Where can I get help if I need it?
Don't be afraid to ask for help from day one, if not before. Often one or two meetings with a lactation consultant can really help to get you and your little one on track to breastfeeding success. Talk to your pediatrician about breastfeeding even before you deliver and ask for a list of recommended resources in your community. Many hospitals have lactation consultants available, and many postpartum and nursery nurses are also trained to help. Depending on where you live, there may be local lactation consultants available or contact your local La Leche League chapter. Additionally many mother support groups, breastfeeding centers and stores have specialists available to provide resources and help with nursing.
How long should I breastfeed for?
Breastfeeding is the optimal source of nutrition throughout the first year (or longer) of life. The American Academy of Pediatrics (AAP) recommends exclusively breastfeeding for about the first 6 months of life, and then gradually adding solid foods while continuing to breastfeed until at least 1 year of age. After that, breastfeeding can be continued for as long as both mom and baby desire.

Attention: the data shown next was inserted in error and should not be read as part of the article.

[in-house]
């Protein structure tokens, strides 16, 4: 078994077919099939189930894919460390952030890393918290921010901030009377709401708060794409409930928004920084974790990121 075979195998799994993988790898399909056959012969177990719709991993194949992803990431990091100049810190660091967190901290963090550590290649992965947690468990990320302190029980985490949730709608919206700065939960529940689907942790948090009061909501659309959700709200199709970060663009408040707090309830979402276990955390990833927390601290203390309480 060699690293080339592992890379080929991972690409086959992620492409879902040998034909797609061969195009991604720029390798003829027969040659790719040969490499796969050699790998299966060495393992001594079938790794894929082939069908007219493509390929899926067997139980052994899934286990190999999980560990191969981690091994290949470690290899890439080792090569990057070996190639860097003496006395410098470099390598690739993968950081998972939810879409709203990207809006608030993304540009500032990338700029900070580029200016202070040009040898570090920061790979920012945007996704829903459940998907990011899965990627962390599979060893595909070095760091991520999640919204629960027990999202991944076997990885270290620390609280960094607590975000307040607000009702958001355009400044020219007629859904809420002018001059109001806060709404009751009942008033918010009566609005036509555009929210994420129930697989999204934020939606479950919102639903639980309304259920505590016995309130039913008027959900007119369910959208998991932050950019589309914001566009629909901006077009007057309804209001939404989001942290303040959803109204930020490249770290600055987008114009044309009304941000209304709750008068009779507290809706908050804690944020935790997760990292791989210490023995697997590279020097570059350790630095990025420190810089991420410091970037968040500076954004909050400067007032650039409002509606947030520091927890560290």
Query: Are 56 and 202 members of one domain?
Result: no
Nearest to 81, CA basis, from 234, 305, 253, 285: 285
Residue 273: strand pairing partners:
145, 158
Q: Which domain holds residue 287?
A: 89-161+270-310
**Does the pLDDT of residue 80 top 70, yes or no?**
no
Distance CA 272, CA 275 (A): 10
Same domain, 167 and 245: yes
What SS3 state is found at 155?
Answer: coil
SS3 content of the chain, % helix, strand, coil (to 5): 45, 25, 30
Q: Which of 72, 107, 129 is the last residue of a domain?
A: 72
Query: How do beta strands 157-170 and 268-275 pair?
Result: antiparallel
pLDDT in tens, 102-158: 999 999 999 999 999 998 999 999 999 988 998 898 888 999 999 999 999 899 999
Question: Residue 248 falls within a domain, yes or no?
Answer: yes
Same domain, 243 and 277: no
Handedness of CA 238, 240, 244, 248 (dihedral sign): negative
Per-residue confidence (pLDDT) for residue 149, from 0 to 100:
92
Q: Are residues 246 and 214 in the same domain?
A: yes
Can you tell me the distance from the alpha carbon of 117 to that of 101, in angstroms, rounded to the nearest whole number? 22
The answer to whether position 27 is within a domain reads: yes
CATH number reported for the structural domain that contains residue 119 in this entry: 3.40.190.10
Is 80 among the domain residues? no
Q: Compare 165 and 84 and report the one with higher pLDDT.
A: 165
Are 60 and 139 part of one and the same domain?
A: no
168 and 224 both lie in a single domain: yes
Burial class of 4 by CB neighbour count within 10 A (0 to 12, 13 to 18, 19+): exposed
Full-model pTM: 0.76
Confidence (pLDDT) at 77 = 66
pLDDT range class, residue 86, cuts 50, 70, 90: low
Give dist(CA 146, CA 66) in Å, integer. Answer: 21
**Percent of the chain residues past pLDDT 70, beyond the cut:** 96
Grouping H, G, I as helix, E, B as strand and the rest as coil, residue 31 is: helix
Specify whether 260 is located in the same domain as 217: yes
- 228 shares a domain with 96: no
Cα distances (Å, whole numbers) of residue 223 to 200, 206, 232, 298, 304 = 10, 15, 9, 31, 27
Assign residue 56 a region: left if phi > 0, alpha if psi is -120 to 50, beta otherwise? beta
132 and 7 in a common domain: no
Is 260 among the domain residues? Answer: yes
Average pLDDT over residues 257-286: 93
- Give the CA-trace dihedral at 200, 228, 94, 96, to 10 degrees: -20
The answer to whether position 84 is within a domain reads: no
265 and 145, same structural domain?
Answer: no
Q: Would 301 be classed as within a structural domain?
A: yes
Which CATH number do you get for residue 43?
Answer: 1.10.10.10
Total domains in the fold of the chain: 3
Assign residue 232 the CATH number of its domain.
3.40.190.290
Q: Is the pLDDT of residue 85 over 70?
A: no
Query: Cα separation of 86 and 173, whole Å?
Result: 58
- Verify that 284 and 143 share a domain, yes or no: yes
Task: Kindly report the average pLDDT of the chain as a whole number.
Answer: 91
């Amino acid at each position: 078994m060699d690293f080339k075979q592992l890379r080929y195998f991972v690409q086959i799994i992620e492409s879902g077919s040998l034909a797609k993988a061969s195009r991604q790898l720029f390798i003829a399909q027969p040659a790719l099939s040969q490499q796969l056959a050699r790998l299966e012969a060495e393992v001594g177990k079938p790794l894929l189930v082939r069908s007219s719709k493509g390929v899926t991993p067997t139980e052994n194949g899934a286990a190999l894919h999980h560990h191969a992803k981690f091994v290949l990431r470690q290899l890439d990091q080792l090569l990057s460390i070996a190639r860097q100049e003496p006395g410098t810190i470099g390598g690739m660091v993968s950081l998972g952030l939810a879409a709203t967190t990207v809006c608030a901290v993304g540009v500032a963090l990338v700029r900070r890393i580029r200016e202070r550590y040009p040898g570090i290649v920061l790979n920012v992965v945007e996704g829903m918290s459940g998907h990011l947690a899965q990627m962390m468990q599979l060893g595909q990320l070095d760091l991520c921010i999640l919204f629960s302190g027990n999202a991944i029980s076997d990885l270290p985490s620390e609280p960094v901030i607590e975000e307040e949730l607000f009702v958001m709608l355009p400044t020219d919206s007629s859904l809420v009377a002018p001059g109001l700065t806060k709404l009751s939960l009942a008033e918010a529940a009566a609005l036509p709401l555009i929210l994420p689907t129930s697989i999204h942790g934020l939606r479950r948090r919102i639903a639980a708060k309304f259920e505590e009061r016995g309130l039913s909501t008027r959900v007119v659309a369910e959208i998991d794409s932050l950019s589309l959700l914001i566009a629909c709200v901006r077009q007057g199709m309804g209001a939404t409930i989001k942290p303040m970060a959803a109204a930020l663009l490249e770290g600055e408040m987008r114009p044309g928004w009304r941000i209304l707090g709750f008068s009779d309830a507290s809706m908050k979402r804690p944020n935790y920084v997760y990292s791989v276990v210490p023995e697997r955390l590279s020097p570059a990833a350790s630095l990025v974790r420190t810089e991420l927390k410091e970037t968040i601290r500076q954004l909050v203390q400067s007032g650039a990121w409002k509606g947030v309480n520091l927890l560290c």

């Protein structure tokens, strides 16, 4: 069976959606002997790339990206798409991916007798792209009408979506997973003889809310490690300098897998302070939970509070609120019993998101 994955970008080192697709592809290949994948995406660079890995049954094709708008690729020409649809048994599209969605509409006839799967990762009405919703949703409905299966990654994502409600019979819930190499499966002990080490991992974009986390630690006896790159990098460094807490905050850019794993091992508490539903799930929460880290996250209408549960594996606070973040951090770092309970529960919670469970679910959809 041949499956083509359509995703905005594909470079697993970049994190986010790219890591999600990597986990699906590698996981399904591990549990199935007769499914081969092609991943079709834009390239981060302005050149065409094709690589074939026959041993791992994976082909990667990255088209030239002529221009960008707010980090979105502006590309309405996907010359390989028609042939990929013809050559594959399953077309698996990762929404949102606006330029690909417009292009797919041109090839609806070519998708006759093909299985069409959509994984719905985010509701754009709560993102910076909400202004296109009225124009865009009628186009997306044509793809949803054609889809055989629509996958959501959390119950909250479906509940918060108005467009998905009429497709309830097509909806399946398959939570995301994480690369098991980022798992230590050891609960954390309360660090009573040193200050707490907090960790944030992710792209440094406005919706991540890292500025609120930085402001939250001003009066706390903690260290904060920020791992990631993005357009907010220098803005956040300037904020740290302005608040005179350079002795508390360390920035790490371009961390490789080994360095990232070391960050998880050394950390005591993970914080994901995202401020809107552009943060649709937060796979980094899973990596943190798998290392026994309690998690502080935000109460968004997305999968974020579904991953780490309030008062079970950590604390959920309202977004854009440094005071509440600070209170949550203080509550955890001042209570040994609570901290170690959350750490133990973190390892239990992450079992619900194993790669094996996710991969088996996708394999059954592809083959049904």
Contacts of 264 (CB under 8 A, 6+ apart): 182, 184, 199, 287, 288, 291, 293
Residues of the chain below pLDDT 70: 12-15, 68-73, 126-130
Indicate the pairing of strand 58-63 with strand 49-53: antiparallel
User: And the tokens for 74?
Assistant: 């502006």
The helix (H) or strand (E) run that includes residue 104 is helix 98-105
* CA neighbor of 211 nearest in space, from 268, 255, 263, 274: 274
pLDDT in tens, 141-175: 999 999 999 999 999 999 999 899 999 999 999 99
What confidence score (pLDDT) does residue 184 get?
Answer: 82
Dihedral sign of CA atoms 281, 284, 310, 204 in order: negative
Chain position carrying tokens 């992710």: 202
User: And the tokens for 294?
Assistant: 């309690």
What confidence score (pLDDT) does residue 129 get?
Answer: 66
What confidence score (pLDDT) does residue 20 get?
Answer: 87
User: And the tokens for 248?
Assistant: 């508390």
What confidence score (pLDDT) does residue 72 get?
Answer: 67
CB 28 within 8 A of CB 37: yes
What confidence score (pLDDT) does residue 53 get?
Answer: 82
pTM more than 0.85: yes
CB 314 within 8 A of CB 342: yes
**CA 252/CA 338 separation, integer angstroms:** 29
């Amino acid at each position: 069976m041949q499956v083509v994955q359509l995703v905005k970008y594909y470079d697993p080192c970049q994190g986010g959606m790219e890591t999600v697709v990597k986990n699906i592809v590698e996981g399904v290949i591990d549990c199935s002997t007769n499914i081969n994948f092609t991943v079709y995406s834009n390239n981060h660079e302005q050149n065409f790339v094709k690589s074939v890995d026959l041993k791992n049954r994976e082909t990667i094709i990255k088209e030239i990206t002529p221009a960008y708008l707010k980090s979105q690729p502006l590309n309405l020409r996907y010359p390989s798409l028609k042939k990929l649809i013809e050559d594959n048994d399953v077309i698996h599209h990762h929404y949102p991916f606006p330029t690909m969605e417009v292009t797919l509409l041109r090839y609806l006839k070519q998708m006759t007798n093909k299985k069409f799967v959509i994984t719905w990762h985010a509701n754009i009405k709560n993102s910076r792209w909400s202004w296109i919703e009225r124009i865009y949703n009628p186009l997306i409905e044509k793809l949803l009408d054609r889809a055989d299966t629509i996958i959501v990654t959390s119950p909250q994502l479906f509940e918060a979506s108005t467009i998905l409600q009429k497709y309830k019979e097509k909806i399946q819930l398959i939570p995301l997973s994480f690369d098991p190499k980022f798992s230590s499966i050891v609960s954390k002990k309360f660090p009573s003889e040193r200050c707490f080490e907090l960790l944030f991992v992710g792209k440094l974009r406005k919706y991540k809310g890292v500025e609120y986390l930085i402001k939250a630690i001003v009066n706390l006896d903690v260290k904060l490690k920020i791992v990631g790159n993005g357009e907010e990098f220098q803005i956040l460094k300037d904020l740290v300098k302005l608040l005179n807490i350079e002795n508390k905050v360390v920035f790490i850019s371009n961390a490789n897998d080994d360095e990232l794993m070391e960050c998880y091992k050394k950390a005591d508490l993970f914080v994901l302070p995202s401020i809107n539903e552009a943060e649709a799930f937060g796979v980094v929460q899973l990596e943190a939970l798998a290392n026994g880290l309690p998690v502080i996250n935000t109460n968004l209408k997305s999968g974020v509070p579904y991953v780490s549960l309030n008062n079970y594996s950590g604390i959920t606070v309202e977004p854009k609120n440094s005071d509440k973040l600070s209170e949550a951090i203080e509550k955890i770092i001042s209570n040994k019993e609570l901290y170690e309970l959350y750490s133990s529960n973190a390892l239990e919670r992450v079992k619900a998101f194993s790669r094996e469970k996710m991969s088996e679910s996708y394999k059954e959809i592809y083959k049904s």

The amount of time for each feeding and the frequency really depends on you and your baby. Initially it may seem like your baby is always on your breast and feedings may last 30 minutes each side. As your milk supply increases and your baby becomes an expert, most of your milk comes down in the first 5-10 minutes, so after around 20 minutes on one side, you can take your baby off. You are not a pacifier and prolonged sucking can dry out your nipples and cause soreness. Allow your nipples to air-dry after you feed your baby or shower. Wear a cotton bra or loose fitting top. Continue breastfeeding!
How do can I tell if my baby is hungry?
How often should I nurse? During the first two weeks of life breastfed babies should feed 8-12 times a day, about 10 to 20 minutes on each breast. Don't wait until your baby is crying and upset to feed. This is actually a late sign of hunger and it may be harder to feed the baby if both of you are frustrated. Look for earlier, more subtle clues such as stirring from sleep, putting the fist in the mouth, turning the head if the cheek is stroked lightly, or sucking movements with the mouth. During the first few days it is best to feed your baby every 2 to 3 hours, even if you have to wake them up.